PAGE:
Dear Friends and Colleagues:
I write you with bittersweet news. After two amazing years of helping guide the National Council on Disability (NCD), I have made the difficult decision to step down as the agency’s Executive Director to pursue another life adventure. My last day will be Friday, February 8. It has been my honor to work with NCD Chairman Jonathan Young. His vision for the Council captivated me and drew me away from the United States Senate Committee on Health, Education, Labor and Pensions after seven years to help shape the latest chapter in NCD’s history. I have been extremely fortunate to work with such a dynamic leader at the helm of an immensely talented group of Council Members and staff.
It has been my privilege to work with and learn from an outstanding group of Presidentially-appointed Council members, whose depth of policy knowledge continually impresses and is a credit to the disability community. I am proud of the many opportunities I’ve had over the last two years to interact with and learn from this diverse group of people representing such rich perspectives on disability.
I will also sincerely miss the NCD staff who are some of the hardest-working and dedicated people I know. They truly are the glue that holds the Council’s work together, and I will deeply miss the day-to-day interactions with such a fantastic, intelligent, and dedicated group of people.
In recent days, I’ve reflected on my time at the agency and its many accomplishments. During my tenure, NCD streamlined numerous internal processes to save taxpayers’ money and enhance agency operations. This included updates to and automation of the NCD’s financial management systems as well as enhancements to the agency’s performance management system. While these activities may not appear noteworthy, improving internal processes were critically important as it allowed us to more effectively focus on the true policy mission of the agency – to be a trusted advisor to the President, Congress, and other federal, state, local, and tribal entities – without becoming distracted or bogged down by the inner workings of a federal agency.
In addition to necessary internal improvements, I am proud to have been at NCD during the time we addressed several important policy areas that were identified by stakeholders as crucial areas in need of NCD’s guidance. NCD engaged with stakeholders across the country to determine agency priorities. NCD engaged with stakeholders across the country to determine priorities. We hosted meetings in Portland, Oregon; Los Angeles, California; Orlando, Florida; and New York City, NY to learn from stakeholders about policy priorities and chart our agency’s path forward. After listening to concerns of the community, NCD took action by addressing a number of the policy issues highlighted as key concerns.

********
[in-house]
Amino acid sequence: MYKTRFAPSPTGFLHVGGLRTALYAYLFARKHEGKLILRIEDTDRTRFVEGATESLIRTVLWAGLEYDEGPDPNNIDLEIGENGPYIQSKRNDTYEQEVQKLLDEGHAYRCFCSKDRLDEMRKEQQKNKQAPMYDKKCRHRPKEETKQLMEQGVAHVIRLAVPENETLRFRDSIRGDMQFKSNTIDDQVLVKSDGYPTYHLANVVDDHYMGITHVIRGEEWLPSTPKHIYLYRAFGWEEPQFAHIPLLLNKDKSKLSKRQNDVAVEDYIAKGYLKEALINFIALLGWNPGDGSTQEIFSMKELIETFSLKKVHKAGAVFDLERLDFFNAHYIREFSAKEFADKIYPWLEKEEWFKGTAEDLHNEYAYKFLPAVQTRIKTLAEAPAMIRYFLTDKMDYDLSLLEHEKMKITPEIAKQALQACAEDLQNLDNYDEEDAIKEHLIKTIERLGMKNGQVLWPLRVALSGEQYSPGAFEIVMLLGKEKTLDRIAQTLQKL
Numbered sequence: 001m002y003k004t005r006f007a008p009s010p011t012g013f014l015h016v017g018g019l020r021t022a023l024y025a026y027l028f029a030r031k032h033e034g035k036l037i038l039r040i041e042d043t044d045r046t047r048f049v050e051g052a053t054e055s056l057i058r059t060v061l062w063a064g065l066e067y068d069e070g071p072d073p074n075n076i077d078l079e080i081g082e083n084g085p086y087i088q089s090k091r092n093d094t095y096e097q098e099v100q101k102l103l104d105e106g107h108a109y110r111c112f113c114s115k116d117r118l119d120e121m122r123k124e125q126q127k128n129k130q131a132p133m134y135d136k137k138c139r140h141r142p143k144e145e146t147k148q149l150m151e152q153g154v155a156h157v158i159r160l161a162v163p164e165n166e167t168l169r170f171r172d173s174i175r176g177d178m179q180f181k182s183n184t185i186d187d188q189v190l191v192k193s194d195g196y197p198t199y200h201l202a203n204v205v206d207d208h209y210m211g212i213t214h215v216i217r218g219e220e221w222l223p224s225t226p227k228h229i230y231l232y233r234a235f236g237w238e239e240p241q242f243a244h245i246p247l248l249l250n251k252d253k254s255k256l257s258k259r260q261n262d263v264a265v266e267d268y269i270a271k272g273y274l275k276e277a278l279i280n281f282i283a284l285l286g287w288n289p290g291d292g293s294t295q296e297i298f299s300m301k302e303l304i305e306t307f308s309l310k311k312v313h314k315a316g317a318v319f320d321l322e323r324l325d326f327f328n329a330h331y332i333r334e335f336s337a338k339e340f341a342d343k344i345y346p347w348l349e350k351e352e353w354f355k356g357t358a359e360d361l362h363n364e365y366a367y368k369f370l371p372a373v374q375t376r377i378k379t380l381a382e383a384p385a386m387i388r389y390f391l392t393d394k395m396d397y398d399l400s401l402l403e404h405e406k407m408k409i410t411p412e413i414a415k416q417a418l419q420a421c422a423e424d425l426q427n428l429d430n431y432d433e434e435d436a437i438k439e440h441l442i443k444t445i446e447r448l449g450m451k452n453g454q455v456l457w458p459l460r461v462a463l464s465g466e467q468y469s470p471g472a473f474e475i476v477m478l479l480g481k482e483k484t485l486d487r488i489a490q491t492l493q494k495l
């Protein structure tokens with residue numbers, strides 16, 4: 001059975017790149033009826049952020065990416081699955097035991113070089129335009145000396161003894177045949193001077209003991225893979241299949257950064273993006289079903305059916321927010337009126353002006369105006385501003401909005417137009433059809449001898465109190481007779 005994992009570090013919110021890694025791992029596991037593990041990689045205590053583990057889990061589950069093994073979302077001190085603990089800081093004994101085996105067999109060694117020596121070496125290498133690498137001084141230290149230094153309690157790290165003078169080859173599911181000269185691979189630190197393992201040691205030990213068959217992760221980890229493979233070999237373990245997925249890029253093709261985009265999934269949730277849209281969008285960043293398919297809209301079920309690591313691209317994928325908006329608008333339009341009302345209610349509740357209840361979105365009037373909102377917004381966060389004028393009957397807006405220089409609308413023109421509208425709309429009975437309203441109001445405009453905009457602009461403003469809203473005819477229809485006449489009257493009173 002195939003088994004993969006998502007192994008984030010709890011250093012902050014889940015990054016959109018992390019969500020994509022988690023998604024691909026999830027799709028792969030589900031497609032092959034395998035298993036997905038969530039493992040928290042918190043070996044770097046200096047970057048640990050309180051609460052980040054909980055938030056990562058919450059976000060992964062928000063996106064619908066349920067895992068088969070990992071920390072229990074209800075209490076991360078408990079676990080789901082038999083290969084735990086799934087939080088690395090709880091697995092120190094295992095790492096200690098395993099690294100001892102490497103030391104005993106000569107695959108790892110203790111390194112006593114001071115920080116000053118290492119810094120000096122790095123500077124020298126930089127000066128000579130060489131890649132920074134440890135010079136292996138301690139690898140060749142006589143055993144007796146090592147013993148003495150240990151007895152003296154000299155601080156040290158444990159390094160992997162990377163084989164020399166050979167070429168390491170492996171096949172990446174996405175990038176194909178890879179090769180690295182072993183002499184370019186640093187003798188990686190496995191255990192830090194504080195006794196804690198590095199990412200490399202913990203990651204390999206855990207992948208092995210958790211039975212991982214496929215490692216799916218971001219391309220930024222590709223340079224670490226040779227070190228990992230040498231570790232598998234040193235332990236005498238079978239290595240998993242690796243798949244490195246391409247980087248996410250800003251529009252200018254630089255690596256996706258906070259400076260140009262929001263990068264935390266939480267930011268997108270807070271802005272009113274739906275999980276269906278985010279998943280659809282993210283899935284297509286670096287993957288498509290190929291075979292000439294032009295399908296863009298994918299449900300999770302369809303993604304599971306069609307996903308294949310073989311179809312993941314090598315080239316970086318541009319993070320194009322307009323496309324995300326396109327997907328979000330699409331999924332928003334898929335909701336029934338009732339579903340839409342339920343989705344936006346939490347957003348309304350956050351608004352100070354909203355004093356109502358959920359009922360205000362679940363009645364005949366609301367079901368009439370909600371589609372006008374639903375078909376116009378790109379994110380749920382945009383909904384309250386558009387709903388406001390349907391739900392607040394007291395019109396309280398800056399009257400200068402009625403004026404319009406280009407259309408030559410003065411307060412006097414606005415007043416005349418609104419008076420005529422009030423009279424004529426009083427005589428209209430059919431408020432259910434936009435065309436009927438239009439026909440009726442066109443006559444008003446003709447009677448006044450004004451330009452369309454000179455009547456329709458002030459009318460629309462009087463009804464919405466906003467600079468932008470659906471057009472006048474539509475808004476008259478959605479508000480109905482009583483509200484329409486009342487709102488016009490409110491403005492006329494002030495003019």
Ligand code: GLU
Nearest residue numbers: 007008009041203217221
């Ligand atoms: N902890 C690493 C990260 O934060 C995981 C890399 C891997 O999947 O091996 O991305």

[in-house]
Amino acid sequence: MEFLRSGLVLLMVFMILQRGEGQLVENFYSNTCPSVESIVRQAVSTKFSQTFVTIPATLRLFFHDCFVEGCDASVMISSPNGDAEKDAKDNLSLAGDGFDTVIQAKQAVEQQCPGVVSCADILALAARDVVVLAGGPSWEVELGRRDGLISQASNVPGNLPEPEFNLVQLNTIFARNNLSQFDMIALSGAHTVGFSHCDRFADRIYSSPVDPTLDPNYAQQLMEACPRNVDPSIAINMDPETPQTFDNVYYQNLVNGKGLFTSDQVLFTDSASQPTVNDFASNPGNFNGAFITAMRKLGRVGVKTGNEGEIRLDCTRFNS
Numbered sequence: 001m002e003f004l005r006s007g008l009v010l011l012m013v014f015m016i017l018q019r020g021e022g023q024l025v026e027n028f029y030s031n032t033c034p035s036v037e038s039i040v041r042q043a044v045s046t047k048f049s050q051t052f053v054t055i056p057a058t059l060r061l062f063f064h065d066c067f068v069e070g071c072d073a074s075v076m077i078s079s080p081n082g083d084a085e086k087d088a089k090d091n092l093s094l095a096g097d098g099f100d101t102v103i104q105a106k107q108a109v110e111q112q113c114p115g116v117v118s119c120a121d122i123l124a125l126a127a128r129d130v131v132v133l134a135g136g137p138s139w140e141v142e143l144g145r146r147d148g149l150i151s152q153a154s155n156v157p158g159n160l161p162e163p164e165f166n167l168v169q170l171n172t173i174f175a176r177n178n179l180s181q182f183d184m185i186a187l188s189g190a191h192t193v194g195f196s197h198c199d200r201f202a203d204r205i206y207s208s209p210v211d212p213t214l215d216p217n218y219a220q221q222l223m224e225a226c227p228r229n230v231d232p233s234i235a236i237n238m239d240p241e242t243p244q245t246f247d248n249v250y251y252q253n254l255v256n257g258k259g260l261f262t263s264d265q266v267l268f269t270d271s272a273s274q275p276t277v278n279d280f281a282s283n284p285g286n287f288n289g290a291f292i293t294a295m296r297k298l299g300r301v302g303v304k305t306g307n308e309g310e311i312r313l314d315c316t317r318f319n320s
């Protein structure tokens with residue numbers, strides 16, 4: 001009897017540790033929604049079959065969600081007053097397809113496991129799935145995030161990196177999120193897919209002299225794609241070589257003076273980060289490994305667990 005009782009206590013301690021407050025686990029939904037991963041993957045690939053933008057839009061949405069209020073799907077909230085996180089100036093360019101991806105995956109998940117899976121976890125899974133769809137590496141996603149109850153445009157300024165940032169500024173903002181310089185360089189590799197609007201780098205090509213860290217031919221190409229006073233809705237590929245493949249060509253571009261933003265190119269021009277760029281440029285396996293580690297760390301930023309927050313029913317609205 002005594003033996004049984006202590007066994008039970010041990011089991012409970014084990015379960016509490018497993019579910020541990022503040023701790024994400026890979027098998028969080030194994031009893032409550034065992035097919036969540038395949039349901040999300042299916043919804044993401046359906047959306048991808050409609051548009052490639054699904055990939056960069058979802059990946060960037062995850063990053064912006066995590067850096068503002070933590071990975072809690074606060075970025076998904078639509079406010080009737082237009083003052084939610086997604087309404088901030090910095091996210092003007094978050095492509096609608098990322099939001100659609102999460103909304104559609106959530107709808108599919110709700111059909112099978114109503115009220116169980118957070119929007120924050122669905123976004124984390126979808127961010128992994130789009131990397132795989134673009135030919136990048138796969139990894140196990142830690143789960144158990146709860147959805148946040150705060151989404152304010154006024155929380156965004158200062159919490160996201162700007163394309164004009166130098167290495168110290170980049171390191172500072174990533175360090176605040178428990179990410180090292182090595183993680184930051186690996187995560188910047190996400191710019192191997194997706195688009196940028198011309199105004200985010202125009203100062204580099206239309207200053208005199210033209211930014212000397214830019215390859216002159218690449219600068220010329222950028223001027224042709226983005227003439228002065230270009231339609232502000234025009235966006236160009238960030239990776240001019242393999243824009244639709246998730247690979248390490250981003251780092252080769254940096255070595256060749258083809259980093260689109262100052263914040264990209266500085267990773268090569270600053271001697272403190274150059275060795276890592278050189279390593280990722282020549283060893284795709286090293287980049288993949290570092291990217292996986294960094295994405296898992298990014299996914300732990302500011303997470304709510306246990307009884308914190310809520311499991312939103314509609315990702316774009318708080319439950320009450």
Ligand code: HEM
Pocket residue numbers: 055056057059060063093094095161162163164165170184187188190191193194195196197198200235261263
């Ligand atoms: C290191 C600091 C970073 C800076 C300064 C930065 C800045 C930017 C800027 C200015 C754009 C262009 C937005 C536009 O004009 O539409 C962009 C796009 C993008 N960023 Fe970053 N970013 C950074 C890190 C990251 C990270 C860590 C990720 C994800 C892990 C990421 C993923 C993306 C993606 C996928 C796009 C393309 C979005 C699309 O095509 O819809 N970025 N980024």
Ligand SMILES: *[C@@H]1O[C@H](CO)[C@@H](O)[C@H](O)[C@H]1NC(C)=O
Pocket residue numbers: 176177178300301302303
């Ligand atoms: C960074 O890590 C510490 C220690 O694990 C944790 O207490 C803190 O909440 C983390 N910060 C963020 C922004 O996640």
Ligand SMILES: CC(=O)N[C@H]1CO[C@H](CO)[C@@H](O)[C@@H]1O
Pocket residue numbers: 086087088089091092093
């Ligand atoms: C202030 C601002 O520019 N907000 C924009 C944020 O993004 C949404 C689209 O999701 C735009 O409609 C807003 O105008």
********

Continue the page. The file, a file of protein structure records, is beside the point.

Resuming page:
One of those concerns was subminimum wage. NCD examined the topic by taking a holistic approach, with the aim of developing methods of improving access to competitive, integrated employment and decreasing and ultimately ending the practice of paying subminimum wages through the 14(c) program by providing workable solutions to wage disparity by changing existing business models.
NCD also broke new ground by issuing a first of its kind report, infused with real life stories of parents with disabilities, providing a comprehensive overview of factors that support and impede Americans with all disabilities from exercising their fundamental right to begin and maintain families. We received unprecedented media attention with the report and advanced the policy discussion into more mainstream venues than we as a community typically experience.
We are also nearing completion on work related to Medicaid Managed Care, Self-Direction, and Block Granting, as well as being in the midst of a project focused on reforming Social Security’s Disability Benefits System. NCD has had major accomplishments and impact for such a small agency in such a short period of time, and yet these projects represent just a small portion of the work NCD has been engaged with over the past two years. I am extremely proud of what we have been able to achieve.
It was a difficult decision for me to move on from NCD to pursue another opportunity, particularly against the backdrop of such accomplishments. However, on February 11, I will come full circle, in a matter of speaking, to the roots of where my career in the disability community began, and continue my journey at the Administration on Community Living (ACL) and specifically with the Administration on Intellectual and Developmental Disabilities (AIDD) at the U.S. Department of Health and Human Services (HHS).
Being a graduate student at the University of Wisconsin-Madison Waisman Center University Center for Excellence in Developmental Disabilities and having worked with what was then called the Wisconsin Developmental Disabilities Council and Wisconsin Coalition for Advocacy (Protection and Advocacy Agency), and having also worked at the Association of University Centers on Disabilities -- all part of the AIDD’s network – this opportunity is a homecoming of sorts for me. I will assist in managing a work portfolio that includes the University Center for Excellence in Developmental Disabilities, Protection and Advocacy Agencies, and Developmental Councils, as well as joining the leadership team at ACL.
While I will miss my time at this fine agency and working with such an amazing Council and staff on important cross-disability issues, I look forward to working with many of the same stakeholders in my new capacity at ACL, as we continue to advance disability rights together.